Geriatric constipation
By John Busby   
21 May 2009

British Energy (BE) has issued a report “Managing spent fuel at Sizewell B” which was prepared for issue at a public exhibition to “explain the options that British Energy are considering for managing spent fuel at Sizewell B nuclear power station from 2015 onwards”. John Busby touches on some of the unresolved issues.

It appears that the existing spent fuel pond in which used fuel is stored will reach its capacity by 2015. The station was commissioned in 1995 and is expected to remain operational until 2035 after 40 years of generation. The pool was sized in accordance with a packing density specified by the builders, Westinghouse, but at the exhibition held on 6 May 2009, BE’s staff explained that the density allowed was halved by the UK inspectors, in effect halving the life of the pond.

BE is consulting the public on whether to build a second pool and also whether subsequently spent fuel should be transferred to dry casks or to a ventilated vault. See [1] The option to send the spent fuel elements in special rail containers to Sellafield for processing, has not been taken and since its inception in 1995 all the spent fuel has remained in the pool.

The solution in the US, where processing has until recently been disallowed, is to progressively transfer the spent fuel elements into dry casks, which are stored vertically in open “cemeteries” or horizontally in “mausoleums” pending an ultimate transfer to an underground repository. See “Rip van Winkel wakes” [2]

The required residence time of the spent fuel is variously specified, but is normally around 5 years. As the original fuel elements have been in the pool for 12 years, in the 5 years intervening before its fills there seems no reason why the space problem could not be relieved by initiating an immediate transfer to dry casks or to a ventilated vault and thereby no need for a second pool would arise.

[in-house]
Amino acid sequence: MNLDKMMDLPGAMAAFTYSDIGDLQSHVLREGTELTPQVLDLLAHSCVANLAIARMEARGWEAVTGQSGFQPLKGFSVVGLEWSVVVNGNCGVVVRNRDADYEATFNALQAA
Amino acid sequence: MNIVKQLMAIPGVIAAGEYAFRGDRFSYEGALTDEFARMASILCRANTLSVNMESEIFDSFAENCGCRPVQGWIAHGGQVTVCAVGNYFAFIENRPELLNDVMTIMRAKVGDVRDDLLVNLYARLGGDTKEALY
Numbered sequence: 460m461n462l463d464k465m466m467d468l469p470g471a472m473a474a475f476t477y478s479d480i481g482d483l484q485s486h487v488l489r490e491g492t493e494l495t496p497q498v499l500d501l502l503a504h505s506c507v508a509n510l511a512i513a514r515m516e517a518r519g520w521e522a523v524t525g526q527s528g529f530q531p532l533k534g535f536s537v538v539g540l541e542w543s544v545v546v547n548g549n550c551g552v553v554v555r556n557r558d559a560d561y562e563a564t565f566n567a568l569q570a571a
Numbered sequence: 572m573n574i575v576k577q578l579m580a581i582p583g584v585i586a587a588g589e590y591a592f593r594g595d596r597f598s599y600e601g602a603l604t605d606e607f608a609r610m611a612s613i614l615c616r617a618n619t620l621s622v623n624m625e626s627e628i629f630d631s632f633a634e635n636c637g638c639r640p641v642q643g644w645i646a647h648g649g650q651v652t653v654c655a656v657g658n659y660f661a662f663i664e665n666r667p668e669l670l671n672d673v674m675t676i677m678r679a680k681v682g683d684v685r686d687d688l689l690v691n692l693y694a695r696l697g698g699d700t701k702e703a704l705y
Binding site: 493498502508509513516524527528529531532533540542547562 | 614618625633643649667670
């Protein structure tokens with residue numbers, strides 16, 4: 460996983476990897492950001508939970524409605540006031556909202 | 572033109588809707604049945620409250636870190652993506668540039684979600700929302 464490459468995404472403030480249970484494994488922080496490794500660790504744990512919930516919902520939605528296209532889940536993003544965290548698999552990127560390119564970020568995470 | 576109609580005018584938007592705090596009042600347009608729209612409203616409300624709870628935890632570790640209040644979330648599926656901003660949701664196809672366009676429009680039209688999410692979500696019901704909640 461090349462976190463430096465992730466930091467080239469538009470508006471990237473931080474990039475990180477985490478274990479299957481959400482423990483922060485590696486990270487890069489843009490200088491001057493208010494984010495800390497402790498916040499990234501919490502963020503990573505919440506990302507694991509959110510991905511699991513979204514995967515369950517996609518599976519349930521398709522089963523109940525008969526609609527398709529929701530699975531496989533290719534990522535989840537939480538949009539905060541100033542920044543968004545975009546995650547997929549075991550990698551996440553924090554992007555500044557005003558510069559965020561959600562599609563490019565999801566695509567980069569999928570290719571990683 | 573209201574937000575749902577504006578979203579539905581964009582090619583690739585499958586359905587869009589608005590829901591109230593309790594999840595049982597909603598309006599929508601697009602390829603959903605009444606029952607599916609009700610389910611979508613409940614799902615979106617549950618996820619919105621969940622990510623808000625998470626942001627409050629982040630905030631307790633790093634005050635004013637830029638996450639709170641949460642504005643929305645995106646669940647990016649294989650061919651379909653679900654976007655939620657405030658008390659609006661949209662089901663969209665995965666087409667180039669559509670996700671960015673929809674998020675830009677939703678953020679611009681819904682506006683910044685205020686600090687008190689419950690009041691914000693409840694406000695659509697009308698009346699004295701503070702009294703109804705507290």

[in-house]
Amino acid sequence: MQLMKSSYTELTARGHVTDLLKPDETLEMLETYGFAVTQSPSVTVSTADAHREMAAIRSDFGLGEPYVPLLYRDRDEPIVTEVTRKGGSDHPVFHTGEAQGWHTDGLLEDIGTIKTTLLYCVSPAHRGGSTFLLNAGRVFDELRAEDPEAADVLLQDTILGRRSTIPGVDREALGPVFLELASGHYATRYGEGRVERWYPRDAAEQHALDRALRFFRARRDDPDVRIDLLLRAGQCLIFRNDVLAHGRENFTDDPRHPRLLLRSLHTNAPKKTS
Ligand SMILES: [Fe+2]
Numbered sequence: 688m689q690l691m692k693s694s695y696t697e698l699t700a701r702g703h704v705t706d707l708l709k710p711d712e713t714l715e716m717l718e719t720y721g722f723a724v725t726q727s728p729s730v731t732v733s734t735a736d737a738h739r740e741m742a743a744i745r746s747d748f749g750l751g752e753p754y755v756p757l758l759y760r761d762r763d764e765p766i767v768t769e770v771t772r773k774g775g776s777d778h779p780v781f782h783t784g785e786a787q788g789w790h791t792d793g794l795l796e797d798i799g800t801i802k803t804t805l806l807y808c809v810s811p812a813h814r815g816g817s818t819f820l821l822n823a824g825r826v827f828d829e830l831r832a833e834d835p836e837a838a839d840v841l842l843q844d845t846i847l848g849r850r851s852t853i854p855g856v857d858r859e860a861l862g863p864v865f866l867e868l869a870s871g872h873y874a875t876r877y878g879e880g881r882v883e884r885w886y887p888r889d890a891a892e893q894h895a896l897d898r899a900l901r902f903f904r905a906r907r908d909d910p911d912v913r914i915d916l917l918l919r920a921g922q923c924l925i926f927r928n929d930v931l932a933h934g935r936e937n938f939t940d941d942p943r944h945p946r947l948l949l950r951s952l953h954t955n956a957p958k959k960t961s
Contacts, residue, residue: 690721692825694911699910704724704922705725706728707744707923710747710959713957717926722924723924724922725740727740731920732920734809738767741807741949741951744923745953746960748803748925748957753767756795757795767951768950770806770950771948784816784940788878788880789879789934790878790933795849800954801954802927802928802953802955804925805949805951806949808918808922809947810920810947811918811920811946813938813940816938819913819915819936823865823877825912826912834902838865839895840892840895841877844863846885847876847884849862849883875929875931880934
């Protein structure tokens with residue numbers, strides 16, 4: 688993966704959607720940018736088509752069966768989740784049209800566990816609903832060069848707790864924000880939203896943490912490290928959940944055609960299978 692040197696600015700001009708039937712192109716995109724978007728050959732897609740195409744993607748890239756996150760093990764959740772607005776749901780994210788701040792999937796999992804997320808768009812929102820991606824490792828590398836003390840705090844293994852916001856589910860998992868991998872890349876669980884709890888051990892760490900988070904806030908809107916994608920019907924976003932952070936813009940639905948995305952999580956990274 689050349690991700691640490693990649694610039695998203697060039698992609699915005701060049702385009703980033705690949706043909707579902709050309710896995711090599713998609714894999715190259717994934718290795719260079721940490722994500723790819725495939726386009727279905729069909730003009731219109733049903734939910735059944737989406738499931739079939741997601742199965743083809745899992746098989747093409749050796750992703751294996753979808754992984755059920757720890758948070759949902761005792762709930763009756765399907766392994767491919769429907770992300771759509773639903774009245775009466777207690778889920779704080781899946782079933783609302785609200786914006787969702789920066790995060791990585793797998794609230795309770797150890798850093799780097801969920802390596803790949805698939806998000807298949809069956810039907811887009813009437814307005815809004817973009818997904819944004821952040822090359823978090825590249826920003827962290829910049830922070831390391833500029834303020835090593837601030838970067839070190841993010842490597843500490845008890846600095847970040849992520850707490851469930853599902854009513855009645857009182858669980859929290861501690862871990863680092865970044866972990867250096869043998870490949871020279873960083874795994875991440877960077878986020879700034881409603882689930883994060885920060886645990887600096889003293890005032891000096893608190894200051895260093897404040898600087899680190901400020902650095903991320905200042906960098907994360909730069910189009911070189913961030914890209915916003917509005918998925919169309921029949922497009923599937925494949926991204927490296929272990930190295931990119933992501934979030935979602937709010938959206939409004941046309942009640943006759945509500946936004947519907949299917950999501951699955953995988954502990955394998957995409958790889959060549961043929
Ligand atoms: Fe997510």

In “Geriatric incontinence,” [3] the occurrence of leaks in spent fuel ponds was highlighted. Boric acid is added to water in a spent fuel pool to increase storage densities by absorbing neutrons to obviate the risk of a chain reaction. However, this absorption releases tritium, which can penetrate the stainless steel pond liner. The liner is subject to irradiation and corrosion and there have been many leaks of radioactive substances including tritium into groundwater.

In “Geriatric design assessment" [4] it was recommended that for the new build reactors, claimed to operate for 60 years, that a reserve pond be kept empty in the event that the first pond leaked.

So it may be that BE has taken this advice and will install a second pond for its security or that the present pond has already leaked. Otherwise the immediate recourse to dry casks would suffice to enable the reactor to continue beyond 2015.

[1] British Energy (BE)  Report: "Managing spent fuel at Sizewell B”

[2]  "Rip van Winkel wakes." 

[3] “Geriatric incontinence. ”   

[4]   “Geriatric design assessment.”

[5]   “Geriatric emaciation.”